Pakistan’s military said Monday it has nearly completed a fence along the border with Afghanistan, which Islamabad says is necessary to prevent militant attacks from both sides.
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Maj. Gen. Babar Iftikhar, spokesman for Pakistan’s armed forces, said more than 83 percent of the fence along the 2,611-kilometer (1,622-mile) border with Afghanistan — known as the Durand Line — has been completed.
The remaining work at the country’s western border was expected to be completed by the middle of the year, he told a televised news conference in the garrison city of Rawalpindi.
Pakistan says it is erecting the fence to stop the movement of Pakistani Taliban, remnants of al-Qaeda, and other foreign militants who prior to the fence’s construction could easily launch cross-border attacks on both sides. It was easier for militants to return to Afghanistan after launching attacks inside Pakistan, Pakistani officials say.
Authorities said fencing at the border with Iran in southwestern Baluchistan province is also underway to check smuggling and militant activity.
Afghanistan has never recognized the border, which runs through the Pashtun heartland, diluting the power of Afghanistan’s largest ethnic group on both sides.
Pakistan says it is trying to better manage the border so that militants cannot launch cross-border attacks in either country and Iftikhar said that effort has already played a key role in reducing militant attacks inside Pakistan.
He said Pakistani security forces have arrested or killed 1,100 al-Qaeda militants since Pakistan joined the war on terror following the September 11, 2001 attacks in the US. Some 83,000 Pakistanis, mostly civilians but also security forces, have died in the fighting, he said.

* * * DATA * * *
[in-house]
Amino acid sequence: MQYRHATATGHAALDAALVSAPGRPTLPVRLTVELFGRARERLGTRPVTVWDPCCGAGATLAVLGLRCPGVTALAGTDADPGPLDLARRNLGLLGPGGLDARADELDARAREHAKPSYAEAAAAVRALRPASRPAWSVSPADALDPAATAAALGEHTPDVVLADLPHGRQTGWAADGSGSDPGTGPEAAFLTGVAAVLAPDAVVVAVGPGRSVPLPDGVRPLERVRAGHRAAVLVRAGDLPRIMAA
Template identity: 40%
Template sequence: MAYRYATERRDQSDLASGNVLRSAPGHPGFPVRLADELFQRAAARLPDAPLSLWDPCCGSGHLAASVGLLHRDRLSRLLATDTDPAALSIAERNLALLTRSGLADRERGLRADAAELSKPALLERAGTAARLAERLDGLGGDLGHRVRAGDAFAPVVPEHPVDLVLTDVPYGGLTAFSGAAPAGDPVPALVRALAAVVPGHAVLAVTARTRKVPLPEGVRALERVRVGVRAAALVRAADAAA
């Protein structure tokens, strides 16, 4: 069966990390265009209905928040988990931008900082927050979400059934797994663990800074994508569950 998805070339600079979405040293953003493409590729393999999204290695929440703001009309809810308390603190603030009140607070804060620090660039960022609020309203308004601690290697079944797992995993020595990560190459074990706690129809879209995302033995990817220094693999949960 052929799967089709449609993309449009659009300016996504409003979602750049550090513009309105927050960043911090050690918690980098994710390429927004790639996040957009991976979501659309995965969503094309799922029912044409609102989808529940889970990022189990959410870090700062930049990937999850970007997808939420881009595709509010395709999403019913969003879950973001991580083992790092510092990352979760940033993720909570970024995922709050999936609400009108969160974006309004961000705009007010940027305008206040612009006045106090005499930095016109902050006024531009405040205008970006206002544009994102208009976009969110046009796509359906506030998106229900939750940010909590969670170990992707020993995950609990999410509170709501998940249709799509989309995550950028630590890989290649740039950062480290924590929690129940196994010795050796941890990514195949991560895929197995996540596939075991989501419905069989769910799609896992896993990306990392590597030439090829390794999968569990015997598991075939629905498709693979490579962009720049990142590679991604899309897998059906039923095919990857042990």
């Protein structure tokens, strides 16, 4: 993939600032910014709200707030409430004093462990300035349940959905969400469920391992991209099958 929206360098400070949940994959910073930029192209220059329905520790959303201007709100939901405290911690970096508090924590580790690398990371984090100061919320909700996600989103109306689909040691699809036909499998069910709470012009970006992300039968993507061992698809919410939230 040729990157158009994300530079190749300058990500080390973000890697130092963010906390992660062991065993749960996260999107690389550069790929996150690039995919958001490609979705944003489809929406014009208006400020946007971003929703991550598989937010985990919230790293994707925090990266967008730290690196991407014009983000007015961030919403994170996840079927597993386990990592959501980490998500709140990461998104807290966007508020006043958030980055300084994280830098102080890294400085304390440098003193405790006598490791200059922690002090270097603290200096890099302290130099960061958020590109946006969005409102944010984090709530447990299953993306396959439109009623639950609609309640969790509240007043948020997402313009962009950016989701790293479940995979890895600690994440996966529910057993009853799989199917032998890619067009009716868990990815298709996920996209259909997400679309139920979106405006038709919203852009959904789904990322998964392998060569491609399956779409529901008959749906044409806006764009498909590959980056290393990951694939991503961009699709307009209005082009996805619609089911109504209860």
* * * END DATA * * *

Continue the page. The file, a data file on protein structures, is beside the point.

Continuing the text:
“We are not out of the woods yet but we are almost there,” Iftikhar said, indicating there are still militants to fight. However, he claimed there were now no organized militant groups, including ISIS group, in Pakistan.
ISIS, however, in recent years has claimed responsibility for several deadly attacks inside Pakistan, including the January 3 killing of 11 coal miners from the minority Shiite Hazara community in southwestern Baluchistan province. Iftikhar, however, said there were only remnants of militant groups left in Pakistan, including ISIS.
Pakistan’s former tribal regions, including North and South Waziristan, were considered a “no-go area” for ordinary Pakistanis and even military personnel because of the strong presence of militants, including Pakistani Taliban, al-Qaeda and other outlawed domestic Sunni militant groups prior to 2013, That’s when Pakistan launched military operations there, clearing out militants but also displacing about 1 million people.
Pakistan and Afghanistan often accuse each other of turning a blind eye to militants operating along the porous frontier. Iftikhar said Pakistan is also fencing the border with Iran, a project he said is 37 percent complete.
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